Software implementation can be challenging. That’s particularly true for private equity and venture capital firms, where getting software solutions up and running efficiently and effectively is critical. Allow the process to drag or do a poor job of ensuring user adoption and you can miss out on deals.
Consequently, it’s important to understand how to conduct a software implementation the right way and to take a methodical approach when you’re ready to put the solution in place.
Relate the System to Your Business Processes
Too often, firms neglect to talk about how a new fund management software system will integrate with their current business processes. But it’s important to consider both a solution’s technical capabilities and how those features will be used in your setting before you begin your software implementation.
It’s also crucial that you address both aspects when providing “how-to” training. The last thing you want is for users to say, “I see how it functions. But how does it support what we do?”
For example, as part of your software implementation, it’s important to talk about how deals flow through the system. In addition to teaching users how to access and navigate it, you must also walk through things like:
- The different ways deals come in—through intermediaries, for instance
- How users should log deals into the system
- Who gets alerted about the new deal
- How important information is circulated internally
- Who is responsible for acting on the information
A good approach is to prepare for your software implementation by identifying the five most important processes that your team will use it for. Get users together and discuss not only how those processes will be handled in the system but also how the software can streamline and simplify that process so that it’s done better or more efficiently after the switch than it is today.
The First Two Weeks After a Software Implementation Are Critical
Research has shown that what happens in the first two weeks after a software implementation has a significant effect on long-term software adoption. If you can get users to log in daily during the first two weeks, that’s a great start. Through frequent exposure to the system’s features and function, they start to understand its value.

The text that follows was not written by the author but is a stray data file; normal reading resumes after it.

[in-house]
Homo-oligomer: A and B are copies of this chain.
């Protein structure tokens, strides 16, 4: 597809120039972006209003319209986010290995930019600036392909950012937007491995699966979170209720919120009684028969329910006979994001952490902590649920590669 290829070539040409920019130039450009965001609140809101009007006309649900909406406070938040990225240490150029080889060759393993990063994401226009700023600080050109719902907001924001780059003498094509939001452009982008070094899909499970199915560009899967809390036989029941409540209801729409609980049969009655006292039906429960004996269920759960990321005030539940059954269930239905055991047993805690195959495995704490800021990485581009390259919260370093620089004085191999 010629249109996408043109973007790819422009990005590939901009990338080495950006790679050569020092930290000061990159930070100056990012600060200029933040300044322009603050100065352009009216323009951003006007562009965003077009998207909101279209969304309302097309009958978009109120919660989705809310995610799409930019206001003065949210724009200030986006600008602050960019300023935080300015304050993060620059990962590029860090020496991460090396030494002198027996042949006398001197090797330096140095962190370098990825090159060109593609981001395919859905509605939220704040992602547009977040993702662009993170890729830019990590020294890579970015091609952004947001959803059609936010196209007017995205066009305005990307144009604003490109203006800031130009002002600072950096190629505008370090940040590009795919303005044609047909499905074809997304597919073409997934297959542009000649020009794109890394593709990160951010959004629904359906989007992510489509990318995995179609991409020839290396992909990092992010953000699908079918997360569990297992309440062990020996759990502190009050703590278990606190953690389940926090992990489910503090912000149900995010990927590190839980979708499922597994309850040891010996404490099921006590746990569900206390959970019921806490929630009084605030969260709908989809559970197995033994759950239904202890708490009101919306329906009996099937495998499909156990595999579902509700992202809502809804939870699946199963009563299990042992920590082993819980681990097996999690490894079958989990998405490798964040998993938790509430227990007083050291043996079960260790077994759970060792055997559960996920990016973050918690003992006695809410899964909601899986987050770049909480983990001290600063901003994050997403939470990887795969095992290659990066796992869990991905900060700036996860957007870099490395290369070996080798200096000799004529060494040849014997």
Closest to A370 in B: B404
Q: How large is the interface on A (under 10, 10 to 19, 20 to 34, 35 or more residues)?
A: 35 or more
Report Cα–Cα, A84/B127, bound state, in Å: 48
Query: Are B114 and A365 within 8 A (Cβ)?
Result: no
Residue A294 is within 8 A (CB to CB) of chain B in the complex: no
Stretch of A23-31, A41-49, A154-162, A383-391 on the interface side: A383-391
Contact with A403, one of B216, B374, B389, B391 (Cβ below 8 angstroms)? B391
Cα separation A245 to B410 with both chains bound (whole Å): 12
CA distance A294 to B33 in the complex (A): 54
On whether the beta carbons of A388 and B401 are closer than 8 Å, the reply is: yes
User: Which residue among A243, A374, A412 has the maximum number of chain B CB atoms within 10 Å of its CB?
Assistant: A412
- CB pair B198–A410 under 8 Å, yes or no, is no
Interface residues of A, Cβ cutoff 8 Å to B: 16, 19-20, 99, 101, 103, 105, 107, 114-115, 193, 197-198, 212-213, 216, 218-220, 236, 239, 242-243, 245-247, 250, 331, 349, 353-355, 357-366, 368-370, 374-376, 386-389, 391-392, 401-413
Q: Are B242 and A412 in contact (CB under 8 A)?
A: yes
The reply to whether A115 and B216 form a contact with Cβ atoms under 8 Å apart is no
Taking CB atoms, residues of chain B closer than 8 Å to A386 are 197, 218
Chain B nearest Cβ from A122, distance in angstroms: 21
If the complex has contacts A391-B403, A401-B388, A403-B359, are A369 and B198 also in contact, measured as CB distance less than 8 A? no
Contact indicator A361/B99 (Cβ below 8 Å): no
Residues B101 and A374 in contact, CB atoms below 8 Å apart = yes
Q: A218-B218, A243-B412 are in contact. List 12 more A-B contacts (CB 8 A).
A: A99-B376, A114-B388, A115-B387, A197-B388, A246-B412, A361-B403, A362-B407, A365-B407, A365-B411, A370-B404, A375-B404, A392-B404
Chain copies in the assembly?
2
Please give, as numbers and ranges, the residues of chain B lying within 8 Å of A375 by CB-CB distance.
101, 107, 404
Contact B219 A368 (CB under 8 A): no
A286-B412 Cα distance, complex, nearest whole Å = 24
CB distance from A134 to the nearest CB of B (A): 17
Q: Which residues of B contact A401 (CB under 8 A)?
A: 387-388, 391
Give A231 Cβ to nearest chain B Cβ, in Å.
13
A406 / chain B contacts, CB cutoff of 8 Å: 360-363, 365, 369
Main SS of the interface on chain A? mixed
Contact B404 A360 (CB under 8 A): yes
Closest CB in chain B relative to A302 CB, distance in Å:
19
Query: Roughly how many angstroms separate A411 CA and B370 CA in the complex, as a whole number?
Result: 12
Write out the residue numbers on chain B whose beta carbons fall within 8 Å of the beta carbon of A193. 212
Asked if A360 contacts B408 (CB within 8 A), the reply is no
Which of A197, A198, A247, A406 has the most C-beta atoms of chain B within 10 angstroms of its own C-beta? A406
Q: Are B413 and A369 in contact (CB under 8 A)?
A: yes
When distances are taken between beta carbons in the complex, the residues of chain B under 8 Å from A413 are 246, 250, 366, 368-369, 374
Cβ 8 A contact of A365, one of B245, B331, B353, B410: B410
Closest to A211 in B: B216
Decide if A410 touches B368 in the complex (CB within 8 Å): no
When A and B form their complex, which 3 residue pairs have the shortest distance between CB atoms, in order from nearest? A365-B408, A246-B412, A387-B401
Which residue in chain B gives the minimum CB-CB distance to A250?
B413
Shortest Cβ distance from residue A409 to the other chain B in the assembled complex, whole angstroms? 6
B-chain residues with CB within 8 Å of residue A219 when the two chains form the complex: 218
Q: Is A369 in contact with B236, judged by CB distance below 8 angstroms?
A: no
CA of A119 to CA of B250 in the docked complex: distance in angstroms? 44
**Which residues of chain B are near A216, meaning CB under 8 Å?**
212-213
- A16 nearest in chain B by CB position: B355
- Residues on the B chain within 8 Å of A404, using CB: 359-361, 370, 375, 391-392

Soon, they’re searching for information, running reports, adding data, etc., and doing so with greater efficiency than in your old system. As a result, these actions come with “rewards” in the form of time savings that encourage users to continue exploring the system. And not only do they start to rely on the solution, but they also become advocates that encourage others to learn about its advantages.
If, on the other hand, users don’t get on board in the first few weeks following a software implementation, the odds of them ever leveraging the tool effectively drop significantly—and the work a firm puts into promoting adoption of the solution in the weeks and months that follow quickly starts having diminishing returns.
Promoting Early Adoption
So, how do you go about getting people to log into the new solution following your software implementation? The key is to have a carefully considered and executed plan.
It should include:
- Designating an internal “champion” to promote the system in meetings, in casual conversations, etc.
- Having a system administrator review user login history daily and report the stats to those responsible for the software implementation so that they can nudge reluctant users
- Having the champion and other early adopters model behavior like generating and sharing reports from the system to encourage others to log in
- Making the system and its features a point of emphasis in everything from meetings to casual conversations
Software implementations and achieving a high rate of system adoption don’t have to be difficult. As long as you have a strategy in place before the new solution is launched, you can ensure that your team members quickly understand the benefits of the system and start capitalizing on its features to make their work easier and improve the firm’s operations.
And, of course, your software implementation will go much smoother if you’re moving to the right system!